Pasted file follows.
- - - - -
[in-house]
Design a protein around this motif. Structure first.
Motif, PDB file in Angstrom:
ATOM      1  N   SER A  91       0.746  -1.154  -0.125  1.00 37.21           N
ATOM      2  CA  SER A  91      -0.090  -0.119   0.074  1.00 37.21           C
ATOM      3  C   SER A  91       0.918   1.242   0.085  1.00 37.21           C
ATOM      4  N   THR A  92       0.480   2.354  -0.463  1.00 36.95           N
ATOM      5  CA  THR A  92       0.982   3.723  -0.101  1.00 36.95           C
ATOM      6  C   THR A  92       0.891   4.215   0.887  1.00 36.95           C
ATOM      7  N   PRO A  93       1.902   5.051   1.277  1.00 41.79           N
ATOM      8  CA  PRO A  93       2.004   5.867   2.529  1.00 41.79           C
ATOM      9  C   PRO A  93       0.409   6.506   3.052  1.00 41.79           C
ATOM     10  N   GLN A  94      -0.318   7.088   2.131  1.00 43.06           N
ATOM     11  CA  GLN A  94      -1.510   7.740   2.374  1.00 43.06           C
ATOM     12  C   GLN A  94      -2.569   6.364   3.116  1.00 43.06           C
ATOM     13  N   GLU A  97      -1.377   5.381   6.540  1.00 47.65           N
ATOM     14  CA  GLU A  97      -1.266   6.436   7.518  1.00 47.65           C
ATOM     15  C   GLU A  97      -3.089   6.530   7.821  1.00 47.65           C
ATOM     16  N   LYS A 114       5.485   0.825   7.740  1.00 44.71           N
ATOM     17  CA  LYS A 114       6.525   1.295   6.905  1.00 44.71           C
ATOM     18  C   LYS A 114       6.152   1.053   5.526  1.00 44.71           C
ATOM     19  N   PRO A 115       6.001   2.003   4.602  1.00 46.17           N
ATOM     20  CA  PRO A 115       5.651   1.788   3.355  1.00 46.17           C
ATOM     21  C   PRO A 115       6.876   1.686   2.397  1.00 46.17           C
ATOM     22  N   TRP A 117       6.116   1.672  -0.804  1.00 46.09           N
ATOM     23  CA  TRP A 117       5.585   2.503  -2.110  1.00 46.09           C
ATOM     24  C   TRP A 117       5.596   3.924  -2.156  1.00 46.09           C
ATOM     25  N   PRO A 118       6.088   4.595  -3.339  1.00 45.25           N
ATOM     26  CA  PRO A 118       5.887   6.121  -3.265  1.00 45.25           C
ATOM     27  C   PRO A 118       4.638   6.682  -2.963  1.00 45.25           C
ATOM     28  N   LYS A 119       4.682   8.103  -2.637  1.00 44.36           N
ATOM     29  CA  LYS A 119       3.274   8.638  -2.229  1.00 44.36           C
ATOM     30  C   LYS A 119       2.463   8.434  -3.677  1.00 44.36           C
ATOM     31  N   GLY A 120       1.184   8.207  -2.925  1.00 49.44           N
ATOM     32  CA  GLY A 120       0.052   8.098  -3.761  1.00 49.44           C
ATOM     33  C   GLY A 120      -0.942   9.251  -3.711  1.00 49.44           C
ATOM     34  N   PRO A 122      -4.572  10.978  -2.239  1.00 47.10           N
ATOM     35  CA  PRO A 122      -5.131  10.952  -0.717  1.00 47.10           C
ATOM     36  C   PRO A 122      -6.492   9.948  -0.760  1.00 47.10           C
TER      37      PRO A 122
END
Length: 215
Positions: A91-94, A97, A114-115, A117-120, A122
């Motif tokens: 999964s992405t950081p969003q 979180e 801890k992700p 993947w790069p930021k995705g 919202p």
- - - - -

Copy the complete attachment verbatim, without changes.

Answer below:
[in-house]
Design a protein around this motif. Structure first.
Motif, PDB file in Angstrom:
ATOM      1  N   SER A  91       0.746  -1.154  -0.125  1.00 37.21           N
ATOM      2  CA  SER A  91      -0.090  -0.119   0.074  1.00 37.21           C
ATOM      3  C   SER A  91       0.918   1.242   0.085  1.00 37.21           C
ATOM      4  N   THR A  92       0.480   2.354  -0.463  1.00 36.95           N
ATOM      5  CA  THR A  92       0.982   3.723  -0.101  1.00 36.95           C
ATOM      6  C   THR A  92       0.891   4.215   0.887  1.00 36.95           C
ATOM      7  N   PRO A  93       1.902   5.051   1.277  1.00 41.79           N
ATOM      8  CA  PRO A  93       2.004   5.867   2.529  1.00 41.79           C
ATOM      9  C   PRO A  93       0.409   6.506   3.052  1.00 41.79           C
ATOM     10  N   GLN A  94      -0.318   7.088   2.131  1.00 43.06           N
ATOM     11  CA  GLN A  94      -1.510   7.740   2.374  1.00 43.06           C
ATOM     12  C   GLN A  94      -2.569   6.364   3.116  1.00 43.06           C
ATOM     13  N   GLU A  97      -1.377   5.381   6.540  1.00 47.65           N
ATOM     14  CA  GLU A  97      -1.266   6.436   7.518  1.00 47.65           C
ATOM     15  C   GLU A  97      -3.089   6.530   7.821  1.00 47.65           C
ATOM     16  N   LYS A 114       5.485   0.825   7.740  1.00 44.71           N
ATOM     17  CA  LYS A 114       6.525   1.295   6.905  1.00 44.71           C
ATOM     18  C   LYS A 114       6.152   1.053   5.526  1.00 44.71           C
ATOM     19  N   PRO A 115       6.001   2.003   4.602  1.00 46.17           N
ATOM     20  CA  PRO A 115       5.651   1.788   3.355  1.00 46.17           C
ATOM     21  C   PRO A 115       6.876   1.686   2.397  1.00 46.17           C
ATOM     22  N   TRP A 117       6.116   1.672  -0.804  1.00 46.09           N
ATOM     23  CA  TRP A 117       5.585   2.503  -2.110  1.00 46.09           C
ATOM     24  C   TRP A 117       5.596   3.924  -2.156  1.00 46.09           C
ATOM     25  N   PRO A 118       6.088   4.595  -3.339  1.00 45.25           N
ATOM     26  CA  PRO A 118       5.887   6.121  -3.265  1.00 45.25           C
ATOM     27  C   PRO A 118       4.638   6.682  -2.963  1.00 45.25           C
ATOM     28  N   LYS A 119       4.682   8.103  -2.637  1.00 44.36           N
ATOM     29  CA  LYS A 119       3.274   8.638  -2.229  1.00 44.36           C
ATOM     30  C   LYS A 119       2.463   8.434  -3.677  1.00 44.36           C
ATOM     31  N   GLY A 120       1.184   8.207  -2.925  1.00 49.44           N
ATOM     32  CA  GLY A 120       0.052   8.098  -3.761  1.00 49.44           C
ATOM     33  C   GLY A 120      -0.942   9.251  -3.711  1.00 49.44           C
ATOM     34  N   PRO A 122      -4.572  10.978  -2.239  1.00 47.10           N
ATOM     35  CA  PRO A 122      -5.131  10.952  -0.717  1.00 47.10           C
ATOM     36  C   PRO A 122      -6.492   9.948  -0.760  1.00 47.10           C
TER      37      PRO A 122
END
Length: 215
Positions: A91-94, A97, A114-115, A117-120, A122
């Motif tokens: 999964s992405t950081p969003q 979180e 801890k992700p 993947w790069p930021k995705g 919202p």